The opinion of the court was delivered by: Nicholas G. Garaufis, United States District Judge.
Before the court is Defendant Ronell Wilson's motion to strike Juror #592 for cause. For the reasons set forth below, Wilson's motion is DENIED.
The court is currently conducting oral voir dire to select a jury that will decide whether Wilson will be sentenced to death or to life in prison without the possibility of release at an upcoming penalty phase re-trial scheduled to begin on June 24, 2013.
Wilson moves to strike Juror #592 on the ground that he is substantially impaired because he cannot meaningfully consider mitigation evidence and is unable to properly consider a life sentence. Specifically, Wilson argues that the issue of his "mental state" at the time of the crime "dominated" this juror's thinking, as reflected by Juror #592's statement that if Wilson knew his victims were police officers, he (Juror #592) would be "very prone" to imposing the death penalty unless there were "extenuating circumstances." The Government opposes, contending that the totality of Juror #592's responses indicate that he can properly weigh mitigating factors,and that his indication that he might "lean" toward the death penalty in a particular circumstance is not disqualifying.
"[T]he proper standard for determining when a prospective juror may be excused for cause because of his or her views on capital punishment . . . is whether the juror's views would 'prevent or substantially impair the performance of his duties as a juror in accordance with his instructions and his oath.'" Morgan v. Illinois, 504 U.S. 719, 728 (1992) (quoting Wainwright v. Witt, 469 U.S. 412, 424 (1985)).
A defendant may challenge for cause "[a] juror who will automatically vote for the death penalty in every case [because that means he] will fail in good faith to consider the evidence of aggravating and mitigating circumstances as the instructions require him to do." Id. at 729. This is often referred to as the requirement that a juror be "life-qualified." United States v. Basciano, No. 05-CR-060 (NGG), 2011 WL 4574925, at *1 (E.D.N.Y. Mar. 11, 2011).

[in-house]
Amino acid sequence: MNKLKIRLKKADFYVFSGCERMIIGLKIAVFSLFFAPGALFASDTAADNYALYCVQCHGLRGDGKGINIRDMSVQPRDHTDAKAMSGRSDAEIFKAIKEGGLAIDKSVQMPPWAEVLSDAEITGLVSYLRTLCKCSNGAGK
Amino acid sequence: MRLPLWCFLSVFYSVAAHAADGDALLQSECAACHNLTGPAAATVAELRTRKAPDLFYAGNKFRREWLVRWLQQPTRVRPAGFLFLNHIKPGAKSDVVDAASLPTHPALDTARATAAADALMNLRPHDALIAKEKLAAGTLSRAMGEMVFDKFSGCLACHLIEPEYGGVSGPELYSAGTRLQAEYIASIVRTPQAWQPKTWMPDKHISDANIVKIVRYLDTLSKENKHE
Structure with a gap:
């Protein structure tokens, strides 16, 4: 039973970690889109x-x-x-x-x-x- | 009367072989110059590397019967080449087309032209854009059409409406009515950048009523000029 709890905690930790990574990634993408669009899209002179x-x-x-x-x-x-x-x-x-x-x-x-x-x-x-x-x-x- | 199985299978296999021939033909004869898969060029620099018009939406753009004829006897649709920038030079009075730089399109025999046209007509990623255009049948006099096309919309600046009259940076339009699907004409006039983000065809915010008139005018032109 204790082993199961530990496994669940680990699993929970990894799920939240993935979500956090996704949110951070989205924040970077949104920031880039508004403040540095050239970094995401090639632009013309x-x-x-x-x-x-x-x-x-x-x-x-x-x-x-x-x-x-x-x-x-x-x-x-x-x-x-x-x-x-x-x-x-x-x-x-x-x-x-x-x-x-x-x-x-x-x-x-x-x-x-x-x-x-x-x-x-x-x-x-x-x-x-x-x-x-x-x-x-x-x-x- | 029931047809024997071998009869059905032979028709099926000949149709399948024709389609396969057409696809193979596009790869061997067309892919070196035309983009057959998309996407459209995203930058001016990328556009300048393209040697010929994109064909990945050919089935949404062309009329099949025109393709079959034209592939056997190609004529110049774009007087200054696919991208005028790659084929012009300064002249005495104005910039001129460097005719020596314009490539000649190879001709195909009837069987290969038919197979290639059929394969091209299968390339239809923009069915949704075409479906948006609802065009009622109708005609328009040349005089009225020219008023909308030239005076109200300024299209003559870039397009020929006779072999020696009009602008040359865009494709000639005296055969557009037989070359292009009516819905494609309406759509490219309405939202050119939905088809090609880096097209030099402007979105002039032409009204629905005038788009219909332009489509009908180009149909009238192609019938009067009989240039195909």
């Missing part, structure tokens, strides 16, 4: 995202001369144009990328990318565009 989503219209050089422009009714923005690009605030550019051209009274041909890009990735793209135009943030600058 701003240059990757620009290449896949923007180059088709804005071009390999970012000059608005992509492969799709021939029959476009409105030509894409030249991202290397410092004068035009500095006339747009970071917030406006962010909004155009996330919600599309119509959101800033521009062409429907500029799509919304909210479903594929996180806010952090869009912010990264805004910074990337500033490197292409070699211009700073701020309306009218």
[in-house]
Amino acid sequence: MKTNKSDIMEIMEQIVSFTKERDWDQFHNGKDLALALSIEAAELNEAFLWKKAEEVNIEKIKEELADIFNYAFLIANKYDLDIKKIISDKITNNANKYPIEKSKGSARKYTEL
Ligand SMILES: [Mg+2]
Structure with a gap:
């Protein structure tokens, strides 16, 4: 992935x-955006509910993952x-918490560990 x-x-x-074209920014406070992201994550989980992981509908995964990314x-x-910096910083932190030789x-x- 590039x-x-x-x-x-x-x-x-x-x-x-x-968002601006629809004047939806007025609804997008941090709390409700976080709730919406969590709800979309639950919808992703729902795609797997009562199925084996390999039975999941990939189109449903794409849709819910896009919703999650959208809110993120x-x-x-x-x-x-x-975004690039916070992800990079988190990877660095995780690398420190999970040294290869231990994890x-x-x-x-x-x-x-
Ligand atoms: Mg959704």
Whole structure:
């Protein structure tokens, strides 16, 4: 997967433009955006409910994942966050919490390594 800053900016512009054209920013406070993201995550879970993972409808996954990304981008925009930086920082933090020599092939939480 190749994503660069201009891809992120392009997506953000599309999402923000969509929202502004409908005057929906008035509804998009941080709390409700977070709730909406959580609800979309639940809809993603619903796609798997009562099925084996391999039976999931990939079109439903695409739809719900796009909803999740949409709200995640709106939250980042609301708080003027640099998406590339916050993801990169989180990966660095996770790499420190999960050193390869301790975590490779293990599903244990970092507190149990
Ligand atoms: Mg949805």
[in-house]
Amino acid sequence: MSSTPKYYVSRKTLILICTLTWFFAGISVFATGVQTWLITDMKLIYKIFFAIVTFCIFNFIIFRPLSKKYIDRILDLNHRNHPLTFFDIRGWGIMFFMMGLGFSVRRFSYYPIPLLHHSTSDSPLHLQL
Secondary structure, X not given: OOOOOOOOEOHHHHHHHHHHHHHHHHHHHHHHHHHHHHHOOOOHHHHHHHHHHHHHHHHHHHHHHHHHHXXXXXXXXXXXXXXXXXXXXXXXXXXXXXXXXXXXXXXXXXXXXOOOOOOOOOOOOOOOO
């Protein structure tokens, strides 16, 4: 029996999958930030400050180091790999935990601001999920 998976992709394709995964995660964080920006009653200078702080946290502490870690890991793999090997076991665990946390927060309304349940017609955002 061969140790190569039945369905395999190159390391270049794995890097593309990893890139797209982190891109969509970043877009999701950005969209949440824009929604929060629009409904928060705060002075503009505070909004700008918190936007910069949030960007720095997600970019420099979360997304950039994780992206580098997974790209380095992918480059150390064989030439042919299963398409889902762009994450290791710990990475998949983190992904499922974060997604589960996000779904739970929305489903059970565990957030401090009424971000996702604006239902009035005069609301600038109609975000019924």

B. Consideration of Mitigation Evidence
To be a qualified juror in a capital case, a person must, among other things, be open to considering relevant mitigation evidence. "[T]he sentencer [may not] refuse to consider, as a matter of law, any relevant mitigating evidence. . . . The sentencer . . . may determine the weight to be given relevant mitigating evidence[, b]ut [it] may not give it no weight by excluding such evidence from [its] consideration." Eddings v. Oklahoma, 455 U.S. 104, 113-14 (1982) (emphasis in original); see also 18 U.S.C. § 3592(a) ("In determining whether a sentence of death is to be imposed on a defendant, the finder of fact shall consider any mitigating factor . . . ." (emphasis added)); cf. Morgan, 504 U.S. at 729 (stating that a defendant may challenge for cause a "juror who will automatically vote for the death penalty in every case [because he] will fail in good faith to consider the evidence of aggravating and mitigating circumstances as the instructions require him to do"). Similarly, a death-eligible defendant is entitled to have the jury "consider, as a mitigating factor, any aspect of [his] character or record and any circumstances of the offense that the defendant proffers as a basis for a sentence less than death." Lockett v. Ohio, 438 U.S. 586, 604 (1978) (emphasis removed).
Wilson has moved to strike Juror #592 for cause. That motion is denied.
To begin, Juror #592's questionnaire depicts a juror able to meaningfully consider mitigation evidence and to impose a sentence of life in prison without the possibility of release. For instance, when asked to "describe in detail [his] views and beliefs about the penalty of life in prison without the possibility of release as opposed to the death penalty for someone who killed two police officers," Juror #592 wrote, "Both are harsh punishments for violent behavior justifiable in extreme cases." (Questionnaire Response #41.) When asked to detail "[w]hat role, if any . . . childhood experiences play in a person's behavior and choices as an adult," Juror #592 stated, "Quite a bit," and affirmed that "such information [should] be considered when making a decision about the death penalty versus life without the possibility of release." (Id. #46(a), (b).) Moreover, Juror #592 indicated in his questionnaire that he is "willing to consider both possible sentences in a case involving the intentional ...